Benches, Sidewalks, and Construction Tolerances

I have a project in which one of the elements we are furnishing and installing is a bunch of large precast concrete benches. They appear on a landscape sheet that also calls for aligning bench ends with sidewalk scores.  Simple in theory; prone to problems in real life.

Bench layout and detail

Bench layout and detail  (click to enlarge)

To avoid those problems I pushed on the GC and we met: me, the GC, his flatwork sub, the architect, and the landscape architect. Together we worked out an approach that had a good chance of avoiding problems with alignment. On my native planet (Earth) all measurements, dimensions, and manufactured items have tolerances. Tolerances (or accuracy if you prefer)  for car engine parts are a few thousands of an inch, in precast it’s a few 16ths, when tossing  hand grenade  it can exceed several yards.  Here on planetcommercialconstruction there is not uniform awareness of such tolerances.    As part of managing expectations and avoiding problems with our installed material, I asked the two architects about their assumed tolerances. Without hesitating, both said “none” – it should all fit perfectly. If you build, rather than design, you will of course be flabbergasted by this blatant disregard for the nature of material reality (or, disregard for the reality of materials). If you have years of experience, this reality will not be surprising  For those with interest in tolerances you can buy the book, or just go there and read the excellent introduction: http://www.amazon.com/Handbook-Construction-Tolerances-David-Ballast/dp/0471931519 )

Here I will note but not address the disconnect between that attitude (“no tolerances, everything fits perfectly”)  and the specifications that are full of stated tolerances and are an integral part of the contract.  I’d like to use this witnessed scenario as a springboard to speak to the intimately interconnected issues of:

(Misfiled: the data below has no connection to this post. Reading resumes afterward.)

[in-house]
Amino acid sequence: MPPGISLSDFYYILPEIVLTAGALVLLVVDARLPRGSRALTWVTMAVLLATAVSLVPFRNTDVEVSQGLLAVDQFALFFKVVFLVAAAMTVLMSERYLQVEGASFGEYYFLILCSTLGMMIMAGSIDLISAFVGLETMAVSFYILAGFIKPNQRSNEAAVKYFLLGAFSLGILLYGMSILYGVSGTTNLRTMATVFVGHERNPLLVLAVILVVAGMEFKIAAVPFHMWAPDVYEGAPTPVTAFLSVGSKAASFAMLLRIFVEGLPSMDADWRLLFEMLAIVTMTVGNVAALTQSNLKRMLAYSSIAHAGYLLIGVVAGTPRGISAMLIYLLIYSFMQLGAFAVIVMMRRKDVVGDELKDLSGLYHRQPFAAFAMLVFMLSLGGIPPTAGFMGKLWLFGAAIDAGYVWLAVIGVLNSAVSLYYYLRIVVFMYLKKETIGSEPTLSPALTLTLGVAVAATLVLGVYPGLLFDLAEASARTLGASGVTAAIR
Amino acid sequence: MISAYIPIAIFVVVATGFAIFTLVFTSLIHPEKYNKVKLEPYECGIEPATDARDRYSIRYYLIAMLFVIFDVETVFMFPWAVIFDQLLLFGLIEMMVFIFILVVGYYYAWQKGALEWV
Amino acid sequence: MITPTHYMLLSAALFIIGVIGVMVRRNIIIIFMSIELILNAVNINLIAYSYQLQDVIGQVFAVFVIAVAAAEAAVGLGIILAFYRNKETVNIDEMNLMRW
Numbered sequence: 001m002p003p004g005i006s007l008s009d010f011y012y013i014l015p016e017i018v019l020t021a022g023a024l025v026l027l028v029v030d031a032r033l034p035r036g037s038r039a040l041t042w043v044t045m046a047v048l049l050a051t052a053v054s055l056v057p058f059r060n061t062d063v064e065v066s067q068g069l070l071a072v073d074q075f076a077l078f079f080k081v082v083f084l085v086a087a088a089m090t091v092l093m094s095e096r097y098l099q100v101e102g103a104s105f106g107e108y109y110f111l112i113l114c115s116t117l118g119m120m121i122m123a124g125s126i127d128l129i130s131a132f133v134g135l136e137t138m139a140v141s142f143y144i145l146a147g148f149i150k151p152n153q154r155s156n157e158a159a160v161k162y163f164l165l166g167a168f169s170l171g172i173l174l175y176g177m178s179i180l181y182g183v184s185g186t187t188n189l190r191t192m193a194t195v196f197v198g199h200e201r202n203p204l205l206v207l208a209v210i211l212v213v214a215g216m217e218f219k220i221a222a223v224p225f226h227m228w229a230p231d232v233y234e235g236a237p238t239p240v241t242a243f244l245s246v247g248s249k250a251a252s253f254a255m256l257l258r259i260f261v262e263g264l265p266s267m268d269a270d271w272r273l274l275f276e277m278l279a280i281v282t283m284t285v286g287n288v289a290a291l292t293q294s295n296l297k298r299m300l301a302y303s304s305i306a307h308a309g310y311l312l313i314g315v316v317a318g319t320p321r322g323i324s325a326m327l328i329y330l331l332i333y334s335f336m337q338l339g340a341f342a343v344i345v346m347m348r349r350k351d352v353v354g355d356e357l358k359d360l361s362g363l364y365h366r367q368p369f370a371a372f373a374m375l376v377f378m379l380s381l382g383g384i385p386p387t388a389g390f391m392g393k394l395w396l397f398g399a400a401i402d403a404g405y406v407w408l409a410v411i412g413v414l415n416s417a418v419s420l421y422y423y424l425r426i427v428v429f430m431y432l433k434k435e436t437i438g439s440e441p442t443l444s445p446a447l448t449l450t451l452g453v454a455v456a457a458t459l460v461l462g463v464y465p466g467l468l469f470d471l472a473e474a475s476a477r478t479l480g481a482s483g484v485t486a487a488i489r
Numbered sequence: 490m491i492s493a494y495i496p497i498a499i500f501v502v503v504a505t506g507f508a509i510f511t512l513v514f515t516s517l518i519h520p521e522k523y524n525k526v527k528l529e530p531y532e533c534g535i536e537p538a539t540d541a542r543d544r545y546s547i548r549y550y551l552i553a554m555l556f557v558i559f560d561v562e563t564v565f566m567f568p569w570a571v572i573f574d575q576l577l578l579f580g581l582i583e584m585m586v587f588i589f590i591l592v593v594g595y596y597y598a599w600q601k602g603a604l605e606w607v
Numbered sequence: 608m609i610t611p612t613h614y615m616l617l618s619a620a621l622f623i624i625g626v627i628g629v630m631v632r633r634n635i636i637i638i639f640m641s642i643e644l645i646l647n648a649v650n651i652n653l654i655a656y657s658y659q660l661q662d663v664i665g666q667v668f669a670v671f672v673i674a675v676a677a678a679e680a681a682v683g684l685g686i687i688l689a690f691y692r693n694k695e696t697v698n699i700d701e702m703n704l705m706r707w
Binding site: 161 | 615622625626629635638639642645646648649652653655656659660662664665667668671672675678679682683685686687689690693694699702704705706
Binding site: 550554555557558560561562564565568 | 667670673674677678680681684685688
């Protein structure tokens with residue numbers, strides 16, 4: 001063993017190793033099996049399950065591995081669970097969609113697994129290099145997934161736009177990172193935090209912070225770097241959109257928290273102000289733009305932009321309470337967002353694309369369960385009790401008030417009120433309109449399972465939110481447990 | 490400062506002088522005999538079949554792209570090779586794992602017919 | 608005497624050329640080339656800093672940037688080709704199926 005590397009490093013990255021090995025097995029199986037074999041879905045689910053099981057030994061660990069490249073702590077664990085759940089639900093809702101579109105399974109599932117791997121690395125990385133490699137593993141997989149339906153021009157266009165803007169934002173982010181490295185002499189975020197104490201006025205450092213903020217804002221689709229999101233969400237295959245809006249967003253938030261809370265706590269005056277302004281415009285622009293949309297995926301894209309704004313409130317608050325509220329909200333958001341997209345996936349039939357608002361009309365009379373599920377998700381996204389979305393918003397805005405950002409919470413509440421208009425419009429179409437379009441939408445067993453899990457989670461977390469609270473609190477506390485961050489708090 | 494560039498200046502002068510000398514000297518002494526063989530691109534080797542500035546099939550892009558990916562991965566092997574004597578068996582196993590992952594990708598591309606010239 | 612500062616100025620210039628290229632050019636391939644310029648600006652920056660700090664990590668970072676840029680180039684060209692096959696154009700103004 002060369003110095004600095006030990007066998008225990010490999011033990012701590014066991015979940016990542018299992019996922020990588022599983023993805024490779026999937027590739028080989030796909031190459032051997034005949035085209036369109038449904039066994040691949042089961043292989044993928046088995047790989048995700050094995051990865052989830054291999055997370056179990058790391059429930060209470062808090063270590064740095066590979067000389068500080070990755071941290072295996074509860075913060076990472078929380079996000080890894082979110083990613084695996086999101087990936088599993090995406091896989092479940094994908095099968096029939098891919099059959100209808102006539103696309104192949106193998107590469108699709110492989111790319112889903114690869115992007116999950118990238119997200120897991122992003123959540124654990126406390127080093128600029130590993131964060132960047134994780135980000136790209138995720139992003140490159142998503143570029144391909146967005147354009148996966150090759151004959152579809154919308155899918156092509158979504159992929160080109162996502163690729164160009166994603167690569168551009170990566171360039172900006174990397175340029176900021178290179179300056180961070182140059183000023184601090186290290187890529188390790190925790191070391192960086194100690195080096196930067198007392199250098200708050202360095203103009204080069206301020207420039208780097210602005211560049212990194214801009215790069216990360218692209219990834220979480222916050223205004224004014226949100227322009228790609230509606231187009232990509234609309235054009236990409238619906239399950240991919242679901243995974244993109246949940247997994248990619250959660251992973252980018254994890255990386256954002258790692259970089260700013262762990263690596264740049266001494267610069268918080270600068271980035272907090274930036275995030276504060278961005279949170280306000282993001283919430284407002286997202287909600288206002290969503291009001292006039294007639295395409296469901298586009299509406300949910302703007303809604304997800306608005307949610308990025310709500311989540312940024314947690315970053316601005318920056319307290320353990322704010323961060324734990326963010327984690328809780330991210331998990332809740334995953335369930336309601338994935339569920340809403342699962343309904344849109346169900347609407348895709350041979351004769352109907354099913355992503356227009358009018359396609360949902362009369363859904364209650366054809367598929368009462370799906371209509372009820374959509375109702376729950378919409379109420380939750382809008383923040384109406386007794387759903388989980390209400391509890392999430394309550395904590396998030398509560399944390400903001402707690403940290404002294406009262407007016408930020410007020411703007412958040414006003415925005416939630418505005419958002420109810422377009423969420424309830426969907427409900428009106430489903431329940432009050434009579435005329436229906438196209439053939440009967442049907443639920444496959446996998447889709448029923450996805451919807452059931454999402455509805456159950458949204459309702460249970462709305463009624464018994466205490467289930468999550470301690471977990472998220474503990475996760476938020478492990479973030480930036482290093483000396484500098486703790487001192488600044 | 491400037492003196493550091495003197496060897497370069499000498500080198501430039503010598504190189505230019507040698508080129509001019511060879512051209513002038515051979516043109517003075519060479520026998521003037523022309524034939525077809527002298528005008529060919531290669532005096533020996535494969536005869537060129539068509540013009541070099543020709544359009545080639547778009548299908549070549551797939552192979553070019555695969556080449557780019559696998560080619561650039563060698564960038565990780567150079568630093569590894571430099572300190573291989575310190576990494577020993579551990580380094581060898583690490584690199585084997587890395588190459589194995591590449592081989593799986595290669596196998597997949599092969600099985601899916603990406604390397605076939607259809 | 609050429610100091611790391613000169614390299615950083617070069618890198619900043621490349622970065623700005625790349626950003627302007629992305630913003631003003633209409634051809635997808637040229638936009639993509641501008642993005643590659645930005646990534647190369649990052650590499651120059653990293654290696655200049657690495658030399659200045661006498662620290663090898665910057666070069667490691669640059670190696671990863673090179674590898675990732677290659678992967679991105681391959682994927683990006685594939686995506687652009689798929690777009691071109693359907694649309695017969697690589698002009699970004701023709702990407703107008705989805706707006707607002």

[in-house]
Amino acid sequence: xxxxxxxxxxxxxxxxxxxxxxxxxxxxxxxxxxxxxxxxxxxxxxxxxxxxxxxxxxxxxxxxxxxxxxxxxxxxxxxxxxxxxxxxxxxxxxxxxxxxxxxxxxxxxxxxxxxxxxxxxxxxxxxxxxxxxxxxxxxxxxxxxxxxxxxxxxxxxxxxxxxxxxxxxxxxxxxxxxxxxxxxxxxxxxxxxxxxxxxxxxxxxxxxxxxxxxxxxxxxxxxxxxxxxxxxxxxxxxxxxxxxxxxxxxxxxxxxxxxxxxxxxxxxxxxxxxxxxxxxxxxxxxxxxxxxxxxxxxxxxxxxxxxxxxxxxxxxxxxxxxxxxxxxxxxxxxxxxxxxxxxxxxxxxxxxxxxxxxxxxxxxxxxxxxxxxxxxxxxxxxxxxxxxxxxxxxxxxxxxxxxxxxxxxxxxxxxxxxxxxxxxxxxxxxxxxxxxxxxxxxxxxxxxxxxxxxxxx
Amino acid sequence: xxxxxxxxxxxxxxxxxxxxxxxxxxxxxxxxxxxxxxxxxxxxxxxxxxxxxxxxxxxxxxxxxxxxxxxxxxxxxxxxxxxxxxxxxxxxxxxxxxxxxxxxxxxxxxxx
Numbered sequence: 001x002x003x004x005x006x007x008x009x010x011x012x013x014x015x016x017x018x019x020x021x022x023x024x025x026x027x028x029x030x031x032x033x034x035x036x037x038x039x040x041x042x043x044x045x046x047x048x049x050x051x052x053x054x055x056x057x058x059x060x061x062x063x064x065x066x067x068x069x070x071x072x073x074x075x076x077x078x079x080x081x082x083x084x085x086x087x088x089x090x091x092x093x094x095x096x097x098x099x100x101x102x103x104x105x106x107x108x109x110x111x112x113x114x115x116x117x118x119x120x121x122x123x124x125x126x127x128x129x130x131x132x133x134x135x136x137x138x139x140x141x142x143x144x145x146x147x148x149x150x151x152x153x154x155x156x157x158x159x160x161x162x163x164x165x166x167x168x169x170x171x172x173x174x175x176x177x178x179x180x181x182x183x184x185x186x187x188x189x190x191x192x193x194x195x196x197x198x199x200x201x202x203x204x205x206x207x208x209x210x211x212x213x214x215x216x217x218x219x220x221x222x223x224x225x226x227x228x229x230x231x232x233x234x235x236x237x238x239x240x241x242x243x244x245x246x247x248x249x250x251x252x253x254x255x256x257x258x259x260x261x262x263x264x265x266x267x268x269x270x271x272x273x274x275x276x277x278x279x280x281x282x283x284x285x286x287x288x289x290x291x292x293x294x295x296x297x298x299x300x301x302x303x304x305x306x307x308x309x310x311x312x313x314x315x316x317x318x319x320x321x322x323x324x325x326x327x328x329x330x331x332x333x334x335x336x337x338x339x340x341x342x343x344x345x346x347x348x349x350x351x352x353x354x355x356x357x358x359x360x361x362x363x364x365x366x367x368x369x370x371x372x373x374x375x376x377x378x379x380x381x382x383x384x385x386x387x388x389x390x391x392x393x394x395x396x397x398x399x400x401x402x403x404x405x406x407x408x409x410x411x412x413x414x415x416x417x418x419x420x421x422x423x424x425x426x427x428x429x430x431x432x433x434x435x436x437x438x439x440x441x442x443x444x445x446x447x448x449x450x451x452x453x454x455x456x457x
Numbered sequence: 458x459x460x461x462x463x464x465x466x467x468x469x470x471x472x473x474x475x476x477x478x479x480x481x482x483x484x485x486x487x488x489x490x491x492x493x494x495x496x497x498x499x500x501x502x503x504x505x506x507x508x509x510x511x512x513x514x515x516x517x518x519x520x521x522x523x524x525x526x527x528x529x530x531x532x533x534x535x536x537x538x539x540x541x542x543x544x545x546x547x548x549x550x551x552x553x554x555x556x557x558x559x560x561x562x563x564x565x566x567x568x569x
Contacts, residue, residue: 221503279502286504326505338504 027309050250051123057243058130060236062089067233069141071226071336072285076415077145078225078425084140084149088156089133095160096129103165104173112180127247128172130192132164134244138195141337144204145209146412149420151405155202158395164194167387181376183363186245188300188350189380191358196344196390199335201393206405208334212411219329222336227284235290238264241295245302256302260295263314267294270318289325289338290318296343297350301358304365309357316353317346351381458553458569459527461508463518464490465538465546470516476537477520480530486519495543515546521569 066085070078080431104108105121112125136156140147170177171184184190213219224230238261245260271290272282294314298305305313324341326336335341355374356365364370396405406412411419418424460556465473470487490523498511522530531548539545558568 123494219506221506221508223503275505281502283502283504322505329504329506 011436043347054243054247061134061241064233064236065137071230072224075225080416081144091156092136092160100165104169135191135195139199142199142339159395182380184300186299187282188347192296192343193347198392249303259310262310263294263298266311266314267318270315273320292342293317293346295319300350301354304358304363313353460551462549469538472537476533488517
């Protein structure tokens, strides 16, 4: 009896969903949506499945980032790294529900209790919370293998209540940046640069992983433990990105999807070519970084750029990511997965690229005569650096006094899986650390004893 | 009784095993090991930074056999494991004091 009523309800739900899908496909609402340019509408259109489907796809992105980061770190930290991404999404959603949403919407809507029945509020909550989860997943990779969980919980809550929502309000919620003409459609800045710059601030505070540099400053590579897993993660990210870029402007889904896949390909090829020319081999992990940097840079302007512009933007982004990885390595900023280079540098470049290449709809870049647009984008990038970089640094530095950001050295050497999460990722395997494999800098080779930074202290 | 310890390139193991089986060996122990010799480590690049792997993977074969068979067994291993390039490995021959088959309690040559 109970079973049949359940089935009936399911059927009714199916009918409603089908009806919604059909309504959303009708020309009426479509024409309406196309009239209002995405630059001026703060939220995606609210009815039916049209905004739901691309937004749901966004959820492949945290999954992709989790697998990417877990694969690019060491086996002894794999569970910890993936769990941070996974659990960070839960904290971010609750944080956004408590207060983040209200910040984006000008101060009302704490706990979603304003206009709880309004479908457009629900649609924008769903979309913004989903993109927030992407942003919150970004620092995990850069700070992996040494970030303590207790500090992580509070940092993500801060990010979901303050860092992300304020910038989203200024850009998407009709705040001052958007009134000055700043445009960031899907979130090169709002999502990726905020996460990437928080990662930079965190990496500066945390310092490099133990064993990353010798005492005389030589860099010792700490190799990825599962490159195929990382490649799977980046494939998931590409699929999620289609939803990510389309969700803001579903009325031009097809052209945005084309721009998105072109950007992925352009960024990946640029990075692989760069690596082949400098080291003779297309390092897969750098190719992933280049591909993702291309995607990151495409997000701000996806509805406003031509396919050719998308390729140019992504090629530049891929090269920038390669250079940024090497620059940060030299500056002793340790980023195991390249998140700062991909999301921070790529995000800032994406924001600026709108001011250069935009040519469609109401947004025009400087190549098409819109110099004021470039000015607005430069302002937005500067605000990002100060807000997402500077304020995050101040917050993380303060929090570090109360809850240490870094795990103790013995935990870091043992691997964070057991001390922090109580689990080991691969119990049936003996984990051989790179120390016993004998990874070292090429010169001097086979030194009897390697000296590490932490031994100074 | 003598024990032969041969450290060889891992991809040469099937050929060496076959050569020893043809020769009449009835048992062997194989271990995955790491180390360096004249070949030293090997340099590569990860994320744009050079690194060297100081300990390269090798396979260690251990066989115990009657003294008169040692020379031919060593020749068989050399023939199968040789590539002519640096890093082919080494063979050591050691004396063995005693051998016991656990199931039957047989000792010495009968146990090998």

•  inefficiencies in how we build structures on planetcommercialconstruction
  • why progress with BIM and other software solutions to the challenges and cost of design is much slower and tougher than many people hope will be the case

Efficient movement of a design concept through all the steps that will result in a physical reality requires a lot of knowledge about many materials, products, and processes. Most folks who have not actually tried building complex modern structures cannot imagine how much knowledge is involved among all the specialists. In terms of the first issue above (inefficiency), because we involve people with knowledge post-design, post-bid, there is a lot of backtracking and meetings just like the one today. A lot of revision and re-design occurs.  The injection of relevant knowledge into the process earlier would be much more efficient in terms of all participants’ resources.

BIM relies on intelligent objects (doors, walls, benches, etc.). But if these objects do not have embedded within them full knowledge of their own tolerances they cannot be part of an automated design engine that delivers hoped-for results. Ultimately what they really need is the deeper,  more complex, and difficult to acquire and to  incorporate  knowledge of how tolerances of separate materials/products/assemblies interact. This is tough stuff to round up and harness.

You don’t have to trust the pronouncements here of a quirky precaster.  Check out http://dspace.mit.edu/bitstream/handle/1721.1/43747/263921735.pdf Joshua Lobel’s  master’s thesis. His title is wonderfully playful if you know the vocabulary:
Building Information: Means and methods of communication in design and construction.  He distinguishes between design information and construction information and notes that BIM may lead to loss of knowledge and further disconnect between the two.

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About Leo Schlosberg

Graybeard with experience in commercial construction and IT, and an interest in information flow and process. Aware and respectful of the enormous complexity, technical, legal, and other, embedded in every structure that is part of the built environment.
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